Persecution is deserved and undeserved. “And it must needs be that scandals come but woe to those by whom they come.” “Woe to the shepherds that feed themselves and not their sheep.”

Yes, God is making a point no doubt, and using Father Duffy with all his faults to do it. But in saying this we do recognize that besides this problem there is that other. We recognize and accept the authority of the Church as we do that of Christ himself. Our Holy Father the Pope is our dear sweet Christ on earth, as St. Catherine called him, even when she was pointing out with the liberty of a saint, how wrong he was at the time, in his conduct of temporal affairs.

We accept the authority of the Church but we wonder why it shows itself in such strange ways. At the same time that Fr. Duffy is corrected (after the Lawrence incident through the columns of the Daily News and the World Telegram in New York) other priests and sisters, in another state, also engaged in political activity, handing out posters and leaflets to school children and parishioners, to vote for a candidate that favors bingo, are actually directed to that activity by authority rather than corrected for it.

We respect the agony of frustration of Fr. Duffy, but at the same time, we remember with St. Paul, “how can they preach unless they be sent.” And Fr. Duffy has not been sent. We are obliged to conform to Christ even in Christ’s folly. He submitted to the injustices, the mistakes, the crimes committed against Him, and against St. John the Baptist. He submitted even to be termed a lamb led to the slaughter, and He was King of the whole world.

Fr. Duffy is a priest, and at his ordination, he placed his hands in the hands of his bishop as a serf does with his liege lord, and promises obedience. It is a symbol of something. It is seeing Christ in the Church. Just as a wife is obliged to see Christ in her husband. We write these things for the instruction of our communist brothers, though they cannot understand the faith which alone makes it possible to hold this view.

We, on the other hand, are the laity. We have a freedom not granted to priests who are under orders. If Fr. Duffy is plunging ahead and making mistakes now, it is because we, as lay people have not gone ahead and led the way, working from the bottom up, expressing the longings and aspirations and yes, rebellion, of all the people. He is paying for our sins of omission.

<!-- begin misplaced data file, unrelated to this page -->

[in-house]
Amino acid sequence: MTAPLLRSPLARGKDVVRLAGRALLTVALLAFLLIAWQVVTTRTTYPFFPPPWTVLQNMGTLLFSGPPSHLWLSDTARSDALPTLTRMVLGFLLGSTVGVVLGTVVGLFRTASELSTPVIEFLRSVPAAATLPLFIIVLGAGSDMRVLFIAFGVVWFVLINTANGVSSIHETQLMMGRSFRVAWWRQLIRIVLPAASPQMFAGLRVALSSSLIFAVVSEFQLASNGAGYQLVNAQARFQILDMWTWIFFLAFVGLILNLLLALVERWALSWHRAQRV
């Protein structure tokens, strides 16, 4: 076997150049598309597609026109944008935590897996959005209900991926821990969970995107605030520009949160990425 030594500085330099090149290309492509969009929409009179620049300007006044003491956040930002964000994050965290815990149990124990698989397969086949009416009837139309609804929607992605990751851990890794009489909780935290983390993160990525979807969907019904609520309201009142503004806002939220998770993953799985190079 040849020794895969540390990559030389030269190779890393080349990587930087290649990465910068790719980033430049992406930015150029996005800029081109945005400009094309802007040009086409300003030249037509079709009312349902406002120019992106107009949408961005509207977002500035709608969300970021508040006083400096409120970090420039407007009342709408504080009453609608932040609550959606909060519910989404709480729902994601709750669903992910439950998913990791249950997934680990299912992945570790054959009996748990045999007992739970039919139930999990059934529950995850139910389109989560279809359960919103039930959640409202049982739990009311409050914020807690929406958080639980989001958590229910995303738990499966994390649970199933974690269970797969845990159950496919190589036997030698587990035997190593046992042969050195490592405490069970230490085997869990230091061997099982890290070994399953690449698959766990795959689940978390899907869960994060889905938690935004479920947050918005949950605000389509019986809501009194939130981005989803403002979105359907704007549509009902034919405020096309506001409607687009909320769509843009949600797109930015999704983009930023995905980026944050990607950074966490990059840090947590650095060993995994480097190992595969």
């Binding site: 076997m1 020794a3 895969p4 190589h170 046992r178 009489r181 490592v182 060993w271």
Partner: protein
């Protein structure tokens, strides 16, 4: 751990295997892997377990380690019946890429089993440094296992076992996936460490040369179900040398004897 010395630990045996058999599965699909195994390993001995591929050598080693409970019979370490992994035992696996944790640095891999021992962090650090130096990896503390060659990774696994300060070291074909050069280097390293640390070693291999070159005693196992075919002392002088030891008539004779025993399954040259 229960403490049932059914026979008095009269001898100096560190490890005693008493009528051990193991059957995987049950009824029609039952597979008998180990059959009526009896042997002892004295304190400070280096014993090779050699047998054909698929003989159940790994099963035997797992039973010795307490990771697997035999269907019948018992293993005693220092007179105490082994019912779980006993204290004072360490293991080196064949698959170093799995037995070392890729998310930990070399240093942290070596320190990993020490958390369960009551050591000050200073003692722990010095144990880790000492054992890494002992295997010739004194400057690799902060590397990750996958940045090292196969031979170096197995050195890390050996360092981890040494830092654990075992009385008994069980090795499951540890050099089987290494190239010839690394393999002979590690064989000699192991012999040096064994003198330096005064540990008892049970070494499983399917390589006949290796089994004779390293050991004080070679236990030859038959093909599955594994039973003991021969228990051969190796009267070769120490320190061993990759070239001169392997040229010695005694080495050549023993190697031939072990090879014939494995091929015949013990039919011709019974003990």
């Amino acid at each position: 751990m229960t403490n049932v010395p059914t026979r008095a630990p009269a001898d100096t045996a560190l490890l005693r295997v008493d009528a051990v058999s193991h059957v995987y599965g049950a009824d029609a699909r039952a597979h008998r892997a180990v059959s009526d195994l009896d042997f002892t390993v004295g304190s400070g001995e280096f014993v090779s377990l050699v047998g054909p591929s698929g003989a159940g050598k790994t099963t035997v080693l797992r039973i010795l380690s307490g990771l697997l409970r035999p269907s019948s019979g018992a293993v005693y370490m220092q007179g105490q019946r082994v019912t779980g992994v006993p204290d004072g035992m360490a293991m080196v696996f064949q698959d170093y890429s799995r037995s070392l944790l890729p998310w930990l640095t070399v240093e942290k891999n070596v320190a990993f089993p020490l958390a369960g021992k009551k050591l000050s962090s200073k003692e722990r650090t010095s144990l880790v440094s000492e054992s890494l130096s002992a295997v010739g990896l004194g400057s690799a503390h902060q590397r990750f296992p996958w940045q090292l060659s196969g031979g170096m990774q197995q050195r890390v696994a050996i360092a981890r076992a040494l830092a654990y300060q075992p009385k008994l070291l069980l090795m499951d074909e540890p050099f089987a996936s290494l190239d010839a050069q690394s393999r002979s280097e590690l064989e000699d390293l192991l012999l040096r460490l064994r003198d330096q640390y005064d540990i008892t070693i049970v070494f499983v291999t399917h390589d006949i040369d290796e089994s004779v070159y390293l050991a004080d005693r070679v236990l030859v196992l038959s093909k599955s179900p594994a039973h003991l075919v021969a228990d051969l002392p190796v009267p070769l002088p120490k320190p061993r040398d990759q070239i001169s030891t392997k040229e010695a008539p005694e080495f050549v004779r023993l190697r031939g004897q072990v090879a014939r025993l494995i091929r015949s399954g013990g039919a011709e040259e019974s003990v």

Bishop O’Hara once said to Peter Maurin, “Peter, you lead the way, we will follow.” The work that we must do, in addition to all the other works of mercy, is to enlighten the laity, to educate, to call attention to the conditions that exist, to arouse the conscience, to start the personalist and communitarian revolution, as Peter used to call it, or the pacifist-distributist-anarchist movement as Bob Ludlow terms it.

(The word anarchist is deliberately and repeatedly used in order to awaken our readers to the necessity of combating the “all encroaching” state, as our Bishops have termed it, and to shock serious students into looking into the possibility of another society, an order, made up of associations, guilds, unions, communes, parishes–voluntary associations of men, on regional or national lines, where there is a possibility of liberty and responsibility for all men.).

Those are ideas which can be shouted from any platform, and we are hoping that Fr. Duffy will be allowed, by some strange freak of Providence, to go on doing it.

And then, strangely enough, he will find–exemplifying the liberty of the Church as he would be doing, that he will no longer have the chance to do so. Given permission by his own bishop, making no split between people and the hierarchy, no longer held up as a martyr, emphasizing as he must do, and does do at all times, that he cannot approve of Marxist materialism and centralization, he will soon perforce go back to cultivating his garden, a piece of land given him by one of his Irish seamen friends, and so remain in quiet until some other opportunity is given him to play a part, as he probably always will do, in the history of our times.